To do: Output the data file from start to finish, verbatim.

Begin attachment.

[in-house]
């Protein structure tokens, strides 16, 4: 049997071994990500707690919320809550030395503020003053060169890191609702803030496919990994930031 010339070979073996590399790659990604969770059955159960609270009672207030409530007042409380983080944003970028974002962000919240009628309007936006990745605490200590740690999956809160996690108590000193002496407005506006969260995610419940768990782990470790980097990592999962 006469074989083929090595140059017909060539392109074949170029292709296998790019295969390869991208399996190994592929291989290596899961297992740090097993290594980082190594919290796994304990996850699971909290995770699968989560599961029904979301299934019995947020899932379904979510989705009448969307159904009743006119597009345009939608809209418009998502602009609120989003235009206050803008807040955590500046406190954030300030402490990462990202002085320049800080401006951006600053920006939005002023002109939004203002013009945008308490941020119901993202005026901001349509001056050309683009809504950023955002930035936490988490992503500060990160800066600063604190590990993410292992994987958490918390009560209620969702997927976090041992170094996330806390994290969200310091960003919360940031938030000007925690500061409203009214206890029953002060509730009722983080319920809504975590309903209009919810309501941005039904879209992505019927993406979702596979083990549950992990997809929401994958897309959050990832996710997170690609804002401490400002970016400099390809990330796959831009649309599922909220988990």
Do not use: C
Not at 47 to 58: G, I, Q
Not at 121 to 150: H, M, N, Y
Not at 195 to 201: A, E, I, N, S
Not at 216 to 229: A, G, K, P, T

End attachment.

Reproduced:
[in-house]
């Protein structure tokens, strides 16, 4: 049997071994990500707690919320809550030395503020003053060169890191609702803030496919990994930031 010339070979073996590399790659990604969770059955159960609270009672207030409530007042409380983080944003970028974002962000919240009628309007936006990745605490200590740690999956809160996690108590000193002496407005506006969260995610419940768990782990470790980097990592999962 006469074989083929090595140059017909060539392109074949170029292709296998790019295969390869991208399996190994592929291989290596899961297992740090097993290594980082190594919290796994304990996850699971909290995770699968989560599961029904979301299934019995947020899932379904979510989705009448969307159904009743006119597009345009939608809209418009998502602009609120989003235009206050803008807040955590500046406190954030300030402490990462990202002085320049800080401006951006600053920006939005002023002109939004203002013009945008308490941020119901993202005026901001349509001056050309683009809504950023955002930035936490988490992503500060990160800066600063604190590990993410292992994987958490918390009560209620969702997927976090041992170094996330806390994290969200310091960003919360940031938030000007925690500061409203009214206890029953002060509730009722983080319920809504975590309903209009919810309501941005039904879209992505019927993406979702596979083990549950992990997809929401994958897309959050990832996710997170690609804002401490400002970016400099390809990330796959831009649309599922909220988990």
Do not use: C
Not at 47 to 58: G, I, Q
Not at 121 to 150: H, M, N, Y
Not at 195 to 201: A, E, I, N, S
Not at 216 to 229: A, G, K, P, T